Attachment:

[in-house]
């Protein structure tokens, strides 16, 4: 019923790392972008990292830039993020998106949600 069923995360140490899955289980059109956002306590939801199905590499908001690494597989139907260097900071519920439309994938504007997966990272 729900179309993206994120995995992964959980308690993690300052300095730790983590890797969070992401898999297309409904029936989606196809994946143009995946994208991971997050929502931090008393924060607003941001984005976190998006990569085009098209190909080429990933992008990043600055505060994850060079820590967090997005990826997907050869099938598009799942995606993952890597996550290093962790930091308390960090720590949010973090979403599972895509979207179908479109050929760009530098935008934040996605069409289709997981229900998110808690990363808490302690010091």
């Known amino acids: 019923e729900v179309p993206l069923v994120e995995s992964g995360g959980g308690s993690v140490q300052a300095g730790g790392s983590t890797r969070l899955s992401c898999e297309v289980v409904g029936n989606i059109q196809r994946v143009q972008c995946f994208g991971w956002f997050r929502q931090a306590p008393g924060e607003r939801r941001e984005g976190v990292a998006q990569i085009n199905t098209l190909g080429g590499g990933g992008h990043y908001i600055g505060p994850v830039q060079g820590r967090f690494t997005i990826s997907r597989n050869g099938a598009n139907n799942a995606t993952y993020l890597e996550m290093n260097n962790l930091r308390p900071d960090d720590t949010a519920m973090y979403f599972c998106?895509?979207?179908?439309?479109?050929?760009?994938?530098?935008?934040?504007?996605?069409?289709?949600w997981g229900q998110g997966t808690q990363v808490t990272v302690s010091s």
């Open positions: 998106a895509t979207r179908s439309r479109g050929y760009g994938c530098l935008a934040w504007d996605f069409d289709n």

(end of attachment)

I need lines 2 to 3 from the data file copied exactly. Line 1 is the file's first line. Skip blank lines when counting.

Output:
């Protein structure tokens, strides 16, 4: 019923790392972008990292830039993020998106949600 069923995360140490899955289980059109956002306590939801199905590499908001690494597989139907260097900071519920439309994938504007997966990272 729900179309993206994120995995992964959980308690993690300052300095730790983590890797969070992401898999297309409904029936989606196809994946143009995946994208991971997050929502931090008393924060607003941001984005976190998006990569085009098209190909080429990933992008990043600055505060994850060079820590967090997005990826997907050869099938598009799942995606993952890597996550290093962790930091308390960090720590949010973090979403599972895509979207179908479109050929760009530098935008934040996605069409289709997981229900998110808690990363808490302690010091």
């Known amino acids: 019923e729900v179309p993206l069923v994120e995995s992964g995360g959980g308690s993690v140490q300052a300095g730790g790392s983590t890797r969070l899955s992401c898999e297309v289980v409904g029936n989606i059109q196809r994946v143009q972008c995946f994208g991971w956002f997050r929502q931090a306590p008393g924060e607003r939801r941001e984005g976190v990292a998006q990569i085009n199905t098209l190909g080429g590499g990933g992008h990043y908001i600055g505060p994850v830039q060079g820590r967090f690494t997005i990826s997907r597989n050869g099938a598009n139907n799942a995606t993952y993020l890597e996550m290093n260097n962790l930091r308390p900071d960090d720590t949010a519920m973090y979403f599972c998106?895509?979207?179908?439309?479109?050929?760009?994938?530098?935008?934040?504007?996605?069409?289709?949600w997981g229900q998110g997966t808690q990363v808490t990272v302690s010091s």